Meanwhile, sentiment among exporters has cooled a touch over recent months with the number of firms expecting export growth slipping from 29% in July to 24% in January.

“Weaker demand, both domestic and overseas, remains the single greatest risk in the next six months according to businesses while concerns also rose on economic and political uncertainty,” Oakley adds.

The 'elephant in the room' for most companies, predictably, is the outcome of the Brexit negotiations. Most pundits say talks will yield details of a transition deal and a broad outline of the future relationship by the end of the current year.

“The share of firms that are confident about business interests being protected or promoted in Brexit negotiations fell to 48% from 60% previously, but it remains higher than the share expressing a lack of confidence, which increased to 29% from 18%,” says Ho.

While there are sure to be plenty of loose ends left to tie up at the end of the year, current hopes are that the key details of a deal can be agreed in time for them to be approved by the European Council at its October summit.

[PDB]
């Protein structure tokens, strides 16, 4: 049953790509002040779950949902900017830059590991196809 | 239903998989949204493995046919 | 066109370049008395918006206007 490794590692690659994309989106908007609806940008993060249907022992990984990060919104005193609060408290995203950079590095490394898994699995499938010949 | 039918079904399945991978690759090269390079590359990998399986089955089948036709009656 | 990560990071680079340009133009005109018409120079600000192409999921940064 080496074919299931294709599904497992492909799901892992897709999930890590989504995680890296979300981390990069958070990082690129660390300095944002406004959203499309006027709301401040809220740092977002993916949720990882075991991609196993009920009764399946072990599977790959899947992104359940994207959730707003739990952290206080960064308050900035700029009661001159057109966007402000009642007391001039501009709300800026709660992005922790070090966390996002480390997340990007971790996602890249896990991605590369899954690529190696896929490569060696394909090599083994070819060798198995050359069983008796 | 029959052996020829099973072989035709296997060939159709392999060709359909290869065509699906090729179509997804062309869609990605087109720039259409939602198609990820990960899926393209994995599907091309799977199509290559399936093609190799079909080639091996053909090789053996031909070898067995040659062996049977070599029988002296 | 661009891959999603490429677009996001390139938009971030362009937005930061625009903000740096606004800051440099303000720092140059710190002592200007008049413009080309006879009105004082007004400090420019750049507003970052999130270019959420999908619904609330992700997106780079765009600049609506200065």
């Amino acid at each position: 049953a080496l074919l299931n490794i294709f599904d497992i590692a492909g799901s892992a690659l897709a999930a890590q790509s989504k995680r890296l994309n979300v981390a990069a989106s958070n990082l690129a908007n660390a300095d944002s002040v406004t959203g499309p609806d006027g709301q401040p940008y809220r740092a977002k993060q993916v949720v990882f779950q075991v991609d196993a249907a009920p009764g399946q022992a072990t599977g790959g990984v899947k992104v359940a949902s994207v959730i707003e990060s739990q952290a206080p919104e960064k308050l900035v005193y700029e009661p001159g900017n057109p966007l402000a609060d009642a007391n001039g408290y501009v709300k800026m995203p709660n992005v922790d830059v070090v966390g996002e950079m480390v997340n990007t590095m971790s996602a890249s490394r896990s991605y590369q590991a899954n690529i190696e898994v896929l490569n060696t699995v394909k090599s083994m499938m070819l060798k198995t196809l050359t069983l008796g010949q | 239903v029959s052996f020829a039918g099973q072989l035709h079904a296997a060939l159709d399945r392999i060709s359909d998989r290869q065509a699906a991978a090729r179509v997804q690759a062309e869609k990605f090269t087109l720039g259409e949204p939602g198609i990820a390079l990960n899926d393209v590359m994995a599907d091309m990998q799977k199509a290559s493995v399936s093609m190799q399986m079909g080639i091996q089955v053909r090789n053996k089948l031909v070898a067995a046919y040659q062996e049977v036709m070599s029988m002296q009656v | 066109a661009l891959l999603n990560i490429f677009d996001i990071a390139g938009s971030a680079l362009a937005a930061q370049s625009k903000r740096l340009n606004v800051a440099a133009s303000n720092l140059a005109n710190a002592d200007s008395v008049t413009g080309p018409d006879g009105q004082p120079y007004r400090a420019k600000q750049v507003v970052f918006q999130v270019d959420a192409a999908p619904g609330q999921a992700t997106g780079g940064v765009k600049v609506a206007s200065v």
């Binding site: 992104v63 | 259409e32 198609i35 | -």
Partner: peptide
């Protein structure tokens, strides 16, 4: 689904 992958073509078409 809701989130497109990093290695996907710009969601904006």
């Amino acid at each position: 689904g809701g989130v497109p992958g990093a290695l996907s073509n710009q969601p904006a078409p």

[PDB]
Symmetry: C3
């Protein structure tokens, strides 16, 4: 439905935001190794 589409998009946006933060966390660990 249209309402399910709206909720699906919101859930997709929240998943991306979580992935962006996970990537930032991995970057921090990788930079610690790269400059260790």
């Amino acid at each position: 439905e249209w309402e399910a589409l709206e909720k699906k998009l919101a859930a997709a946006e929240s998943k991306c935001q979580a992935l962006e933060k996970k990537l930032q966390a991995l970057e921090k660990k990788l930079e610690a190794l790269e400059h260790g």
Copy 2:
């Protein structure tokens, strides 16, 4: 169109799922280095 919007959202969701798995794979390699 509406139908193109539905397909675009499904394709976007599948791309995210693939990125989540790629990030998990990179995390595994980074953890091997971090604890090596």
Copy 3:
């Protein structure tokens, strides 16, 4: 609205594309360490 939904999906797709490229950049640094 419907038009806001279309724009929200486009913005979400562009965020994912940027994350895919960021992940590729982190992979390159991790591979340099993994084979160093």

Meanwhile, 39% of firms polled in the survey say that a “No Deal Brexit”, which would see talks break down and the UK default to trading with European Union countries on World Trade Organization terms, would be bad for their business.

This is more than twice the 18% of firms that said a failure to secure a deal would be good for their business.

Lloyds’ survey comes as Prime Minister Theresa May prepares to reshuffle her cabinet and British negotiators ready for the first round of discussions on transition to the new relationship after the UK’s March 29, 2019, exit day.

“While in the political sphere, reshuffles hold the equivalent entertainment value of ‘eviction days’ in a popular reality TV show – any fundamental fallout for the Pound seems unlikely from the PM’s team tinkering this week,” says Viraj Patel, a foreign exchange strategist at ING Group.

The Prime Minister has been reported to be lining up a new ministerial post where a new cabinet member will be responsible for managing contingency planning for a “No Deal” outcome.